By Steven Goff
Washington Post Staff Writer
Monday, November 24, 2008
CARSON, Calif., Nov. 23 -- The Columbus Crew boasted the best record in the regular season, which, in most soccer leagues around the world, would have been sufficient to be crowned champion. But because MLS employs a playoff system, the Crew was confronted with another month of matches to shed 12 years of near irrelevancy both at home and in the growing league.
On Sunday afternoon, as the players in yellow-and-black uniforms buzzed around sold-out Home Depot Center like a swarm of bumblebees, the Crew validated its marvelous season with a 3-1 MLS Cup victory over the New York Red Bulls.
"Throughout the whole season, we were the best team," veteran defender Frankie Hejduk said. "We were the team to beat. Would you have said that before the season? I don't think so. We were a bit of a surprise in that regard, but throughout the year you saw it coming together that, 'Wow, this team is actually pretty good.' No one was really believing it except us."
The season culminated with Argentine forward Guillermo Barros Schelotto orchestrating the attack with a cup-record three assists, with Chad Marshall, MLS's defender of the year, scoring the go-ahead goal 87 seconds after New York had tied the game early in the second half, and with Hejduk punctuating the victory in the 82nd minute with a rare goal.
Columbus won it with Coach Sigi Schmid, a former UCLA coach who guided Los Angeles to the 2002 championship and was fired by the Carson-based Galaxy two years later -- a fact that he made sure to point out in stinging fashion during his postgame news conference.
"It is a very emotional moment for me winning the game here in L.A. in front of family and fans and, quite honest, in the town where I was fired," he said.
Though the Crew did claim a consolation prize six years ago, winning the U.S. Open Cup, it never found a way to beat D.C. United in the playoffs in MLS's early years and, from 2005 through 2007, failed to make the playoffs amid dwindling interest at home. This year, though, with a blend of veterans such as Schelotto and Hejduk and emerging stars like Marshall and Robbie Rogers, Columbus finished with the most points in the regular season before cruising through the playoffs.
The Crew is the first team since Schmid's 2002 Galaxy squad to win both the Supporters' Shield (most points) and MLS Cup.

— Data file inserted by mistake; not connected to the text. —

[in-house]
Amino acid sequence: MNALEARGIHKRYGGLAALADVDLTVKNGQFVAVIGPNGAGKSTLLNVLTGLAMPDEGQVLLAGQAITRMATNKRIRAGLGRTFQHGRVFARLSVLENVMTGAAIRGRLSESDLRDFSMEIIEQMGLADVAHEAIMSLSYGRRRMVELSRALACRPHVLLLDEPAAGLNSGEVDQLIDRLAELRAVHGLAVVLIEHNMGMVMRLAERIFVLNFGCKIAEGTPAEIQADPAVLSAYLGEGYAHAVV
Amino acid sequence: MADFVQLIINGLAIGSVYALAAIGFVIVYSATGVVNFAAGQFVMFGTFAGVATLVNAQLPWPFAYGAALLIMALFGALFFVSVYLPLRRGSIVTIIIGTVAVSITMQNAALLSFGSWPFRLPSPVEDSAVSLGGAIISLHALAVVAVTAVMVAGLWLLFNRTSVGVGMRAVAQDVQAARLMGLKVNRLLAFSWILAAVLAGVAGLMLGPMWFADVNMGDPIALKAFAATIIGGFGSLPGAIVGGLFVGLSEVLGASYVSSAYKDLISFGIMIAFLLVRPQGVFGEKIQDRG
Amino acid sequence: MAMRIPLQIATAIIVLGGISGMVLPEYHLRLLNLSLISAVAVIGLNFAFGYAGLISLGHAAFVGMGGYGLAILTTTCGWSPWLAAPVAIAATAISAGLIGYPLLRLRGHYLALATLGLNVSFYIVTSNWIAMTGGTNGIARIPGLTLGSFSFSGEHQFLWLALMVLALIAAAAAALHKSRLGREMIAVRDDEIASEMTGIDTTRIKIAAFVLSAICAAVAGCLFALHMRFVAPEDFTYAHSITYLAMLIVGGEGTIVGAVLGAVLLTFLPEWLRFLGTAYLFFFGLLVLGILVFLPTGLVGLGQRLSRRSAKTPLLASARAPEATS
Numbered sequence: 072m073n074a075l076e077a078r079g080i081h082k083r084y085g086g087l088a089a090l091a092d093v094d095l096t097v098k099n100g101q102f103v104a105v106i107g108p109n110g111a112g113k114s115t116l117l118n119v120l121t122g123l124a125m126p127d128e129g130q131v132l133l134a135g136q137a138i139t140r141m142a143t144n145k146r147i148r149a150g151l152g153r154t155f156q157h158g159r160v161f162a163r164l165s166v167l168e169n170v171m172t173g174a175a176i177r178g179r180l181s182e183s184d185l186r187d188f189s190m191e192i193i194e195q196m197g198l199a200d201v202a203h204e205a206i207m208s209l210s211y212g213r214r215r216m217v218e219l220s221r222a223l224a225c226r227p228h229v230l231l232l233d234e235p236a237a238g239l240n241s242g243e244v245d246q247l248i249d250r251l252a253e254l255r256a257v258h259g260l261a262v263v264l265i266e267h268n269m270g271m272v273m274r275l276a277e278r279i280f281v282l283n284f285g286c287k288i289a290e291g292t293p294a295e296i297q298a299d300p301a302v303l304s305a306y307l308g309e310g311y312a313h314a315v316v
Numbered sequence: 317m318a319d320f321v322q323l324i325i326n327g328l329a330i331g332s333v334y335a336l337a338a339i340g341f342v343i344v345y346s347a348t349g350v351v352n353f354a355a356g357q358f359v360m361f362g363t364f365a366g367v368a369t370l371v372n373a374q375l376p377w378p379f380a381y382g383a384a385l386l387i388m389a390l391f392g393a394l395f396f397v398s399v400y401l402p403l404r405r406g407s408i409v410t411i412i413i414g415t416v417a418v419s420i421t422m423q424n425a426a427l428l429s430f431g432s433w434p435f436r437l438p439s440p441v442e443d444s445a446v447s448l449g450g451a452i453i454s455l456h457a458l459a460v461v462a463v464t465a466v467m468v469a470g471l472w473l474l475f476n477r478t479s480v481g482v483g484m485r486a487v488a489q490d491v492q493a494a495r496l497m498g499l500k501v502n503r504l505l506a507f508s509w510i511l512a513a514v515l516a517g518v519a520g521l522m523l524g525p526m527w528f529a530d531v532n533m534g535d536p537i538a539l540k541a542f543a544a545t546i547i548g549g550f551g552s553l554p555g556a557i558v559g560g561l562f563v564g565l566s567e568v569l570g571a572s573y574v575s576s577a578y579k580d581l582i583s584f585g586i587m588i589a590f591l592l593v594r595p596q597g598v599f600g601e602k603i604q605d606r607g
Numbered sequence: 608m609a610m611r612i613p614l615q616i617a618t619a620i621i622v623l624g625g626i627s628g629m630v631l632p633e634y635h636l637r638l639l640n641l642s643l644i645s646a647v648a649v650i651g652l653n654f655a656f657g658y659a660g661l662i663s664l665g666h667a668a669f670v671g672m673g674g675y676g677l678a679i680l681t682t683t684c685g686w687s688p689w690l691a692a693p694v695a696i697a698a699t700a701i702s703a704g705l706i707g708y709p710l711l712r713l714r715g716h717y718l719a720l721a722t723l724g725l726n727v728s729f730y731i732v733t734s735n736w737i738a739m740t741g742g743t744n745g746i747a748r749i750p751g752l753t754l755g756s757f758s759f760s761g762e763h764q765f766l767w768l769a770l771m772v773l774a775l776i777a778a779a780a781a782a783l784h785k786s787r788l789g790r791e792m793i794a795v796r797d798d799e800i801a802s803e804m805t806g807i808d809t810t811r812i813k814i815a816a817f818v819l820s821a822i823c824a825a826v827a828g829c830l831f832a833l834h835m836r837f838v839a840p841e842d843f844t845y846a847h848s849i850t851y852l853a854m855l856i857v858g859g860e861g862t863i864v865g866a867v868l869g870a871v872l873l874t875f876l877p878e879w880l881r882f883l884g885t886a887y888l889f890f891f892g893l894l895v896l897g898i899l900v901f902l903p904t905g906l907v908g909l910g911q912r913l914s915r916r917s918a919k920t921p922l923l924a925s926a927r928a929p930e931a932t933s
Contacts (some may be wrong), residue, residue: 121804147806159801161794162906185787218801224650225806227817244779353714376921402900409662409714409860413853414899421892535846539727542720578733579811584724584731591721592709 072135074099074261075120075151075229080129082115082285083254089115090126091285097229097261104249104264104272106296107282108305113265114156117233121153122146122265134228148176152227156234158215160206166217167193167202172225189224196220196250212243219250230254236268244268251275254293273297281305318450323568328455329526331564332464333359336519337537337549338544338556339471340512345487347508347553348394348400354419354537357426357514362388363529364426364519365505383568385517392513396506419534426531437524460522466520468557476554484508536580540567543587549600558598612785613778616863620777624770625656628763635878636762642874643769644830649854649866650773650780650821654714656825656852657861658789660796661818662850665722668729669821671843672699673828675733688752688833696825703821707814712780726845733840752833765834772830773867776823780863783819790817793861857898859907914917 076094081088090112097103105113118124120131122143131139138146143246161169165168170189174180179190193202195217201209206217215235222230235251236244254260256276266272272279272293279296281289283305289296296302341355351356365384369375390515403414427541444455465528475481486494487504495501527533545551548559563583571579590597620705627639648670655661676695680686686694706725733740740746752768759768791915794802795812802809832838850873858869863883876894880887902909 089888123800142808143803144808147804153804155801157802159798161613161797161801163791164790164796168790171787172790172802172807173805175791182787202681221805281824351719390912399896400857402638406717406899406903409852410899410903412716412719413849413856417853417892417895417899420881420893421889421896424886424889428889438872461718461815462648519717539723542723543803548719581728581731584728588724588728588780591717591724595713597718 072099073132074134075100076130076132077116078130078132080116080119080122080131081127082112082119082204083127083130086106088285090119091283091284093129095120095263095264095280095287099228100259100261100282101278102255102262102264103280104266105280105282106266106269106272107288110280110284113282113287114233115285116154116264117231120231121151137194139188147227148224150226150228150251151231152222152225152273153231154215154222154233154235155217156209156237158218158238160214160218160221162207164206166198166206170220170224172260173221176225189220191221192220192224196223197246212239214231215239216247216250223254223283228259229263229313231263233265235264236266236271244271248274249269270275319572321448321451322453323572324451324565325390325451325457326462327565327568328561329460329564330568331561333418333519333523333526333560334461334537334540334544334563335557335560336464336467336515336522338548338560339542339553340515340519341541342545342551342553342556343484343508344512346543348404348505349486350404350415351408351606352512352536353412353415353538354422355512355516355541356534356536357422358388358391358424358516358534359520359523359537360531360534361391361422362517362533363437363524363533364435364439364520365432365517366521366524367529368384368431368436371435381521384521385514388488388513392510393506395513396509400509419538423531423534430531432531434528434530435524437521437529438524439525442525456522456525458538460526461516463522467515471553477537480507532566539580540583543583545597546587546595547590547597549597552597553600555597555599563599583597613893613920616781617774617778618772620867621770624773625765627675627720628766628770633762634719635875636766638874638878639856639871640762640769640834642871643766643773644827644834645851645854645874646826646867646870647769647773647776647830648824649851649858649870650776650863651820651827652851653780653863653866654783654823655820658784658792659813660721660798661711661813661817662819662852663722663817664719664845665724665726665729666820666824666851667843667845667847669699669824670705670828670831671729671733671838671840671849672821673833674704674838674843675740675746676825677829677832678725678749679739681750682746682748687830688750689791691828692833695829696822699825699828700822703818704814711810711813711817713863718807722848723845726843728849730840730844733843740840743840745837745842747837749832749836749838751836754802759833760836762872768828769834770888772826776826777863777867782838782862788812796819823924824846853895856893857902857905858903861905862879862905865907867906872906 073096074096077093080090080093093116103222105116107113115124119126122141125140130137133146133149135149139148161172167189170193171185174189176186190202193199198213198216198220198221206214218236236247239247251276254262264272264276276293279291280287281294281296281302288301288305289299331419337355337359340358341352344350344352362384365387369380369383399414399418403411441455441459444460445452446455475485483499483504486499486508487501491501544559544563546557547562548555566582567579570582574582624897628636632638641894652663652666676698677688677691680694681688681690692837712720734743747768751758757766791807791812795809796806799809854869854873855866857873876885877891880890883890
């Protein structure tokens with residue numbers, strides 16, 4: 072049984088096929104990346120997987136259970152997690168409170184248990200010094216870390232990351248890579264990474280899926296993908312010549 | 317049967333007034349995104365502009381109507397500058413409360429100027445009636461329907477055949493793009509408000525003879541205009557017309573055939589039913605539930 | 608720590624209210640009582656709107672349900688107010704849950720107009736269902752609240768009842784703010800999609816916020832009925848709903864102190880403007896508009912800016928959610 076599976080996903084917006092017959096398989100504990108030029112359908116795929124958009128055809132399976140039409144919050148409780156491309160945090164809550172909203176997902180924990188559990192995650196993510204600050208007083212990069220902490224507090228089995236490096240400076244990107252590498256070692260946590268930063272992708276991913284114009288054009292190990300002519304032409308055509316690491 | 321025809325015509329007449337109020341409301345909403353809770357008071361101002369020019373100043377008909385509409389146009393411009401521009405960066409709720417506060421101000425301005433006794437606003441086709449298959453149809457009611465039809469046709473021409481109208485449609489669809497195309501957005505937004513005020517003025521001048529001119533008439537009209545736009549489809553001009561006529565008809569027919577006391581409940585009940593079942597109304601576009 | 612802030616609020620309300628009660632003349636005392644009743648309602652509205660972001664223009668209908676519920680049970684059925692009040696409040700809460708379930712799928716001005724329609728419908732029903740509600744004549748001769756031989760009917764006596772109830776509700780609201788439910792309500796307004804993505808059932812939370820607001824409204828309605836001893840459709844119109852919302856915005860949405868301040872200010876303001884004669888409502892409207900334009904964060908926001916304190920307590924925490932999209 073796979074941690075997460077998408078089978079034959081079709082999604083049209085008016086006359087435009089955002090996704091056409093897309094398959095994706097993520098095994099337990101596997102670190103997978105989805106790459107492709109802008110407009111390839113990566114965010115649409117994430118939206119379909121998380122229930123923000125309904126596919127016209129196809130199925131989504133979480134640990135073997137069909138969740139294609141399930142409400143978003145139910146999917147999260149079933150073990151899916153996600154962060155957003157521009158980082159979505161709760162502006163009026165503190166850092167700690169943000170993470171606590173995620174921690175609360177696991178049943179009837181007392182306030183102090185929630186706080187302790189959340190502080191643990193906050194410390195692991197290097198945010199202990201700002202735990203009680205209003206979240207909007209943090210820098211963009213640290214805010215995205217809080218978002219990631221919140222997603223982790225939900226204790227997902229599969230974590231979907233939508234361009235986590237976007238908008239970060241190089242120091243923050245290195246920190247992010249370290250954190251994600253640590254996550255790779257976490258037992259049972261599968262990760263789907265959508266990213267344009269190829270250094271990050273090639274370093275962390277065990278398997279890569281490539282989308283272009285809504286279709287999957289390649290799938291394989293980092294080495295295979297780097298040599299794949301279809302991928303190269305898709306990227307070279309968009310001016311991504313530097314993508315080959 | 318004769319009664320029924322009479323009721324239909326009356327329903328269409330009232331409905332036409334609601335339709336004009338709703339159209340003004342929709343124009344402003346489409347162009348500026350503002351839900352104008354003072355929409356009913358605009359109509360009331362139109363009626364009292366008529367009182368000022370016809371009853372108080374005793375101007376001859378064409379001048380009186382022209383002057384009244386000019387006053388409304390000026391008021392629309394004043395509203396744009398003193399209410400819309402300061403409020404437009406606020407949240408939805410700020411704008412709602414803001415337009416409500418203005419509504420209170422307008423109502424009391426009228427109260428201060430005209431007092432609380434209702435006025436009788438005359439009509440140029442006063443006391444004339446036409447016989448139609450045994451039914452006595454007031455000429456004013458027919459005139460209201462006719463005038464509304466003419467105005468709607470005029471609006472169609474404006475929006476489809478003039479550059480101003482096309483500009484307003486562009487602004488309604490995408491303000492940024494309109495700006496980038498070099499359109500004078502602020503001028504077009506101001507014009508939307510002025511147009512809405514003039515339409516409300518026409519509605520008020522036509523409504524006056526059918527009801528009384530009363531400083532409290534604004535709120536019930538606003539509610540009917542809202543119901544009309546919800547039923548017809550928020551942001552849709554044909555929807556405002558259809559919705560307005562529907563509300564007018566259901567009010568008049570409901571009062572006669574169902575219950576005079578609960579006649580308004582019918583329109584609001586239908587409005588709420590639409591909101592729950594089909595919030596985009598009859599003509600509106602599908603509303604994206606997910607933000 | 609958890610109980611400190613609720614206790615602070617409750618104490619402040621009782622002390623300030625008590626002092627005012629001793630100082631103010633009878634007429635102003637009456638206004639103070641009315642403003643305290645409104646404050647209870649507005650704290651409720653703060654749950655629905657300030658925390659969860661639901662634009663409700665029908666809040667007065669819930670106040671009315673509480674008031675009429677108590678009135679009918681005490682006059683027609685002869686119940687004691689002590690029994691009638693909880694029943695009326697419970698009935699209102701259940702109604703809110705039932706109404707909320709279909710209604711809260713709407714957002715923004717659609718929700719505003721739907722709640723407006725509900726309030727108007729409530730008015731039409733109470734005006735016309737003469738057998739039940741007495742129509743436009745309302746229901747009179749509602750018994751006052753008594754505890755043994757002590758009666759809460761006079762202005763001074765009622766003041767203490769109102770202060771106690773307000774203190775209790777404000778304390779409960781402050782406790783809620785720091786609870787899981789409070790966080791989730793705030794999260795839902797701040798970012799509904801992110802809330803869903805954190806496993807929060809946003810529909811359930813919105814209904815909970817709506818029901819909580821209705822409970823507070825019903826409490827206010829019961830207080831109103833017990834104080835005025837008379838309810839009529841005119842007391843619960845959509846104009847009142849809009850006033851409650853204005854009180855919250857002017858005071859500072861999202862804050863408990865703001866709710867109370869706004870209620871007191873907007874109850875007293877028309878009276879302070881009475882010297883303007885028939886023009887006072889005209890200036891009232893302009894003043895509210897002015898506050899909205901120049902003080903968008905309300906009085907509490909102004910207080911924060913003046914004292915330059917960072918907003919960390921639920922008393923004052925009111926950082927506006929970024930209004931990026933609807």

Schelotto was the league's most valuable player and Sunday was the game's MVP. He did it in front of his former coach at fabled Argentine club Boca Juniors, Carlos Bianchi. "Together again," Schelotto said, "and somehow I felt we couldn't lose."
Schelotto, the league's assists leader in both the regular season (19) and playoffs (six), set up the first goal in the 31st minute on a seemingly innocent sequence in front of the Columbus bench. As New York's Dave van den Bergh seemed to wait for the ball to roll out of play, Schelotto took the initiative and delivered a pass into Alejandro Moreno's path on the right flank. Moreno dodged Diego Jimenez and, as he entered the penalty area, lashed an angled shot into the far corner.
With Schelotto, there was a purpose to every pass and a sense of danger each time he took possession. "He has got the presence and the vision to know where Alejandro was and to react and play quickly," Schmid said. "It's those decisive moments that turn games and decide games."
Columbus's lead belied New York's superior play in the first half. "We were the better team with the better chances. We should have been up," Coach Juan Carlos Osorio said.
New York, which was the lowest seed in the playoffs and upset Houston and Real Salt Lake to reach the final, drew even six minutes after halftime when John Wolyniec stabbed Dane Richards's entry pass past goalkeeper Will Hesmer. But the Crew answered quickly after New York conceded a corner kick.
"There was no pressure on the ball and we just kick it out," Osorio said. "I was very, very upset."
Schelotto served the corner kick to the on-rushing Marshall for a powerful header.
"We were on a high from tying the game," Wolyniec said. "It's tough to come back mentally" after yielding another goal.
After drilling a 25-yarder off the crossbar, Schelotto lifted a breathtaking chip over the defense to set up Hejduk for an eight-yard header and his second goal of the year.
"He is a magic man," Hejduk said. "The goal I scored, I had no idea how he saw me running through there. I just made one of my stupid runs forward like I normally do hoping to get the ball. If there is anybody who can find me with that ball, it is him. What a ball."